New technology that can tell who is driving your car has been developed by a Huddersfield company.
Digital technology firm Control F1 has patented driver recognition software which automatically identifies who is behind the wheel just seconds after setting off on a journey – based on their driving style.
The system uses technology available in internet-connected vehicles or technology that can be retro-fitted into older models – the so-called “little black box” used by insurance firms to monitor how safely you’re driving – to learn the driving style of different users.
It records data such as acceleration, braking, cornering and speed as soon as a driver sets off. It continues to collect data over a period of time and multiple journeys. The longer a driver uses a vehicle, the more quickly and accurately the system can recognise them.
The owner of a vehicle can then identify and register the allowed individual drivers of their car via a mobile application or secure web portal and set up alerts based on dates and times the vehicle can be used by each driver.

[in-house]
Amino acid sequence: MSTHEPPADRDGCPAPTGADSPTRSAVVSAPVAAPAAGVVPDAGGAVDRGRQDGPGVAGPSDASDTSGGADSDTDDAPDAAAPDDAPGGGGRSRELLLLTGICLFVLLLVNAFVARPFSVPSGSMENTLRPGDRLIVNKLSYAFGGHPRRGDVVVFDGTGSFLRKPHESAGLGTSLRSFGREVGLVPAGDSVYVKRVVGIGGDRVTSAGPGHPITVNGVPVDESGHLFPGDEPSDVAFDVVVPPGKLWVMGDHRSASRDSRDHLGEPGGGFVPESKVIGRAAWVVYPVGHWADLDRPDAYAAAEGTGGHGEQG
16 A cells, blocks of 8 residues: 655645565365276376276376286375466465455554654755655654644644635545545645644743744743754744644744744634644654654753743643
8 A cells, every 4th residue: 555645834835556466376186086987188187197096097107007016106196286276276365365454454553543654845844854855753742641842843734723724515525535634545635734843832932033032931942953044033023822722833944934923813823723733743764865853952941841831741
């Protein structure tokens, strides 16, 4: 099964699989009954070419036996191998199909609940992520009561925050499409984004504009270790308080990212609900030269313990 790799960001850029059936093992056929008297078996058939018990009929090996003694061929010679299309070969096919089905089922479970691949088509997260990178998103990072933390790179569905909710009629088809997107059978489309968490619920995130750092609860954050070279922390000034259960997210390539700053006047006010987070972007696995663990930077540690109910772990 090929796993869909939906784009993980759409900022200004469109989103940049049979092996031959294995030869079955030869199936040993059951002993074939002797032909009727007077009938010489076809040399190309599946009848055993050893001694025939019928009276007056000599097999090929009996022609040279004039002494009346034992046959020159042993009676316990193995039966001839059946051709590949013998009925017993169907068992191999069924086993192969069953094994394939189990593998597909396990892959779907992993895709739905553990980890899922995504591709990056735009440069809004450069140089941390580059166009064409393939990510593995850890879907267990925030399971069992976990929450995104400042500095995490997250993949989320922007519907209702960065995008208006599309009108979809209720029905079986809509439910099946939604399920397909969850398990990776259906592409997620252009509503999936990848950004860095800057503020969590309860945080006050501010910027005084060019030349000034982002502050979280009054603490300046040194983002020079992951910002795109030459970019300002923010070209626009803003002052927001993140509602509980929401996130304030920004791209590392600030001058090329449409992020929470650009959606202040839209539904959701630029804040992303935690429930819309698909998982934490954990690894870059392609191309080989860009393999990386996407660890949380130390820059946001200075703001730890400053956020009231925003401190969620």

Control F1 said the software system could alert vehicle owners immediately if it noted an unrecognised driver using their vehicle. It cold also benefit businesses running fleets of vehicles, vehicle rental firms and insurance companies – as well as allowing parents to limit access to vehicles for their driving age children and help police to quickly eliminate registered drivers from their investigations if a vehicle was involved in a crime.
Control F1, based at Bates Mill, Colne Road, is now looking for specialist hardware providers to help test and refine the system with a view to getting it on the road by the end of the year.
Chief executive Carl Howarth sai: “Initial studies suggest that the current system should be able to quickly identify up to six registered drivers with a high percentage of accuracy. For more than six drivers – for example a commercial vehicle being used by a high number of drivers – the system will take a little longer to reach a conclusion.”
He said the growth of cars with internet access would increase the use of the technology and provide a higher number of data points, including seat position, rev counters for gear changes, mobile phone connected to the vehicle and even an approximate weight in the seat – all of which contribute to identifying the driver more quickly.